Mariana Gray Swiftlet
Mariana Gray Swiftlet
Aerodramus vanikorensis bartschi
|Listed||August 27, 1984|
|Description||Marked by sooty black upper parts, slightly paler rump, some white is present at base of feathers.|
|Habitat||Grasslands, limestone forest, ravine forest, coconut groves.|
|Food||Insects captured in flight.|
|Reproduction||Clutches contain single eggs laid between January and July.|
|Threats||Typhoons, pesticides, disease, introduced predators.|
|Range||Guam, Marianas Islands|
The Aerodramus vanikorensis bartschi (Mariana gray swiftlet) has a long, narrow body with sooty black upper parts and a slightly paler rump. The underparts are dark gray but with a brownish tinge. Some white is present at the base of the feathers in the loreal region. The tarsi are naked and the irises are dark hazel. This species does not display sexual dimorphism in coloration. The taxonomy of this group of swiftlets is in much debate. Virtually all current authorities recognize bartschi as either a subspecies (usually of vanikorensis ) or as its own monotypic species. The generic name continues to be debated as well. Several common names have been applied to this species. These include edible nest swiftlet, Guam edible nest swiftlet, gray swift-let, uniform swiftlet, Mauritus swiftlet, Caroline swiftlet, Carolines swiftlet, Guam cave swiftlet, mossy-nest swiftlet, island swiftlet, and the lowland swiftlet. The species was previously listed pursuant to the Endangered Species Act of 1973, as amended under the common name Vanikoro swiftlet. "Yayaguak" is the local name for swiftlets used by Chamorro residents in the Mariana Islands.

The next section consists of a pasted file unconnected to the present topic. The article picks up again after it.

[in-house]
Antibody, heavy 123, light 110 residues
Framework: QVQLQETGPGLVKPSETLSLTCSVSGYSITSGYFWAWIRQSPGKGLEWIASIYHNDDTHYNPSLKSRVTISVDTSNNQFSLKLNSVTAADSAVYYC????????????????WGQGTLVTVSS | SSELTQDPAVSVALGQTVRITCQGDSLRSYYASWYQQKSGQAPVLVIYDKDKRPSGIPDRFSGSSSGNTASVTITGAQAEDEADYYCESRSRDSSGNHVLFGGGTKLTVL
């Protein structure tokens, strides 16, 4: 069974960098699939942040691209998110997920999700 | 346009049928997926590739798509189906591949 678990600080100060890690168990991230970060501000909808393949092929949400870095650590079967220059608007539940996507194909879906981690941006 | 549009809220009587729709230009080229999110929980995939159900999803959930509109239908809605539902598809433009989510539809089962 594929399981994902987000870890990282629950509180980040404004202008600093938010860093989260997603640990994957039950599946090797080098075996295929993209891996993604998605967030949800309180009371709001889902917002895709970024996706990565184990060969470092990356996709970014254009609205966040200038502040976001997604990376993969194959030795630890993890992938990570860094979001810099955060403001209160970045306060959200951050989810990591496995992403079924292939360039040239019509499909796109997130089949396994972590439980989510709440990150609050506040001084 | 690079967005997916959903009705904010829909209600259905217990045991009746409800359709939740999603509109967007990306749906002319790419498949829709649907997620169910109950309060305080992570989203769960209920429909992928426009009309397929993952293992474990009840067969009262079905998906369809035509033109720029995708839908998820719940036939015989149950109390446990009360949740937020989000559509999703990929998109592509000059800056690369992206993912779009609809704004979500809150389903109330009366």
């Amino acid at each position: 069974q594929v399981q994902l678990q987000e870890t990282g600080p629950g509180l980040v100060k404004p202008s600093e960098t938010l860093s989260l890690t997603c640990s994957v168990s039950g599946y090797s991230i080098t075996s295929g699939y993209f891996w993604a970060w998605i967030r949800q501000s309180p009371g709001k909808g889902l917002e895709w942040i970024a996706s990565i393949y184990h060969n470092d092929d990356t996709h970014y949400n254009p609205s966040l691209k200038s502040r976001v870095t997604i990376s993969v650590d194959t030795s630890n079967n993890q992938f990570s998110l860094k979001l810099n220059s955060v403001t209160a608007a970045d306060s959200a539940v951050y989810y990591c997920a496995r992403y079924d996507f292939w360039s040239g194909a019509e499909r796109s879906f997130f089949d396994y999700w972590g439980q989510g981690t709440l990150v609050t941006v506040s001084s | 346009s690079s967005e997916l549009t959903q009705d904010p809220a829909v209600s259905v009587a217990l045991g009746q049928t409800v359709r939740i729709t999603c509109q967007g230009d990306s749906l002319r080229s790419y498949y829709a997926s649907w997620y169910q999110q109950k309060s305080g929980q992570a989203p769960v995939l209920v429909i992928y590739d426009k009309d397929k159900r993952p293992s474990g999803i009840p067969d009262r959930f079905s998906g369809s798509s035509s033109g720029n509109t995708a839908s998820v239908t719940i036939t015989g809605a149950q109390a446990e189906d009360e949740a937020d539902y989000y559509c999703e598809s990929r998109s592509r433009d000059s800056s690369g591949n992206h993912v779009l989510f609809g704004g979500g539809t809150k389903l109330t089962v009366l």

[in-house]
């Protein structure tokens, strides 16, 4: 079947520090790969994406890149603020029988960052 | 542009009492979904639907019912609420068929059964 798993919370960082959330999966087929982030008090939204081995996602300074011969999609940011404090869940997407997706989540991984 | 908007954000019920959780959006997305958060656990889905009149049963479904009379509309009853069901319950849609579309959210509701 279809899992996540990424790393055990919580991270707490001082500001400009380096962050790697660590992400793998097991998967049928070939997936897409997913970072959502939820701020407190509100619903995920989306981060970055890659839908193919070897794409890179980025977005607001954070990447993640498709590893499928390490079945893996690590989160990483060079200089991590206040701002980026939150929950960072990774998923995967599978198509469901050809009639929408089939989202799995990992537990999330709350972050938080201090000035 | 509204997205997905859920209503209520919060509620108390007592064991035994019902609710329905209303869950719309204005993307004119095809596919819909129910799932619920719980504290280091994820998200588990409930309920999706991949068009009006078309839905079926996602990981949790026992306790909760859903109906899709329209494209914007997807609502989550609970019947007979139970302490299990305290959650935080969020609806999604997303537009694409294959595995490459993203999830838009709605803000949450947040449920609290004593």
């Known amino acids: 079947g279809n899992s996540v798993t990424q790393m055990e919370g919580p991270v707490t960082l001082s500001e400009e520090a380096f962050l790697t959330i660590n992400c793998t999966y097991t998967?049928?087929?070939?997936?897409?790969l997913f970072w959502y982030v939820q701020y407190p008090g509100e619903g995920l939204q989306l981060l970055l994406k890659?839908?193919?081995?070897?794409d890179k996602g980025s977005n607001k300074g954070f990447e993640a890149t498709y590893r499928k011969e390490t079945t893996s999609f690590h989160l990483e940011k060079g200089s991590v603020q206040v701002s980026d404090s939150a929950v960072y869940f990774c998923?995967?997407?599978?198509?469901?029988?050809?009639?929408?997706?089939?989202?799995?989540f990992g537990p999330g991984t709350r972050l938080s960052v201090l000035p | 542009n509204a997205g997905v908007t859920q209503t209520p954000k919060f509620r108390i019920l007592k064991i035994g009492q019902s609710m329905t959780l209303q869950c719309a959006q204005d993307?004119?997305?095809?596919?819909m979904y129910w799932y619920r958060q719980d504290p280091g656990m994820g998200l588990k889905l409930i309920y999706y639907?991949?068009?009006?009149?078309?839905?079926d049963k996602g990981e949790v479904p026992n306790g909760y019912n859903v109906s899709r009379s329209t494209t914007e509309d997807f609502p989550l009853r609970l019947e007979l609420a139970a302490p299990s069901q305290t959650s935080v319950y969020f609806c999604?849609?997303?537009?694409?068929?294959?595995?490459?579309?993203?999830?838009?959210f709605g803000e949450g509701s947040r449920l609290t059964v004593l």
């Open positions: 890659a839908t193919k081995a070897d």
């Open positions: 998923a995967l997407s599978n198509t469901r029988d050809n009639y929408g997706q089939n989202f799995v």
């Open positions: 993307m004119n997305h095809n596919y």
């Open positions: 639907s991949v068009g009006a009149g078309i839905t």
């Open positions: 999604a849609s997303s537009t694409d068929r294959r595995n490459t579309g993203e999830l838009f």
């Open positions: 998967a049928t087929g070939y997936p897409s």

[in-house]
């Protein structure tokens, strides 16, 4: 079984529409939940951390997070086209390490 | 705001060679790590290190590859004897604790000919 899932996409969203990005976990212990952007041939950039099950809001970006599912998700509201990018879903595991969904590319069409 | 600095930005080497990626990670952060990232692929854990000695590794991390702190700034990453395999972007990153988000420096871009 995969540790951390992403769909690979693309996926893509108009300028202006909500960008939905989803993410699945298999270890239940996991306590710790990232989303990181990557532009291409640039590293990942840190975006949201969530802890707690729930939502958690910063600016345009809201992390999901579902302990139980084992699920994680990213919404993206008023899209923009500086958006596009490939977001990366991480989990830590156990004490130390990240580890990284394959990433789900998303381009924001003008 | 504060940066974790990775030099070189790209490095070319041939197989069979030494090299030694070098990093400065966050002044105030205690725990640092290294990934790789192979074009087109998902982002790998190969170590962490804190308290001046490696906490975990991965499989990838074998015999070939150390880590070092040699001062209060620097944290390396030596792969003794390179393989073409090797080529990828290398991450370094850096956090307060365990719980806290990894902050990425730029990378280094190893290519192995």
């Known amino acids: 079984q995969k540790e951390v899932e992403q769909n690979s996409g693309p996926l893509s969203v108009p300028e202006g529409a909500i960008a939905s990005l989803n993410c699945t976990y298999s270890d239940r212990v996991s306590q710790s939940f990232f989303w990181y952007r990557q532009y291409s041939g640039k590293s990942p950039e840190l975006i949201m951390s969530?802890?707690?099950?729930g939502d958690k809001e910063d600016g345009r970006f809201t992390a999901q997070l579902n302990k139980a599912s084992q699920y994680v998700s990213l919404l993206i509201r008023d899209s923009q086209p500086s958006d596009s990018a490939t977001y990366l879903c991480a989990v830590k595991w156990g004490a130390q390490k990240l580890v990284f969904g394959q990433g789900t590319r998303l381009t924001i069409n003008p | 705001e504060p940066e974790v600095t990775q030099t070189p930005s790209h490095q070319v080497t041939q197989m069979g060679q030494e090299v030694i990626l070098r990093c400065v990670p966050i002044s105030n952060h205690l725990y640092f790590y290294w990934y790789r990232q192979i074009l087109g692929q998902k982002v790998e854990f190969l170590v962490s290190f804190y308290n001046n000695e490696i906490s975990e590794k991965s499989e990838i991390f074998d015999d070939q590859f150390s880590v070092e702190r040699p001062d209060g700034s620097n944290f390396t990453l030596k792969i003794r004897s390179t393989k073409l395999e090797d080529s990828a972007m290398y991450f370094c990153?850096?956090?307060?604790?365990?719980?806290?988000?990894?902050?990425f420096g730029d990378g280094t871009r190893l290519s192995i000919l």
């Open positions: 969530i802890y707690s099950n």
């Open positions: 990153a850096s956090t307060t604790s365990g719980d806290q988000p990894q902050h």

A. v. bartshi is a highly colonial rooster and nester. They typically form colonies numbering from a few individuals to several thousand birds. A colony on Guam contains 50-300 birds while on Saipan there are at least 200 birds. Swiftlets are not known to be migratory. Their former presence on Tinian is described as being nomadic. Clutches of A. v. bartschi contain single eggs laid between January and July. Nesting possibly occurs during the remainder of the year but has not been reported previously. Nesting is not synchronous within colonies. Double clutches or renesting attempts have not been observed. The incubation period of A. v. bartschi is at least 12 days. Other breeding information is not available for these swiftlets. A. v. bartschi roosts exclusively in caves. They inhabit natural and man-made caves, such as abandoned Second World War gun emplacements on Micronesia. Caves used by A. v. bartschi for roosting and nesting are formed from limestone rock and occur in limestone forest and ravine forest. Colonies of swiftlets are also known to roost in at least three limestone sinkholes. There do not appear to be any seasonal changes in habitat use by A. v. bartschi. A. v. bartschi feeds on insects captured in flight. Detailed food studies have not been conducted and insect species that are eaten are not known. A. v. bartschi roosts in caves at night. Some birds may return to caves during the day to rest or for nesting. Swiftlets are diurnal and crepuscular feeders. It was noted on Saipan that large flocks of A. v. bartschi fed for only a few weeks in any one part of the island. It was believed their movements may have been seasonal.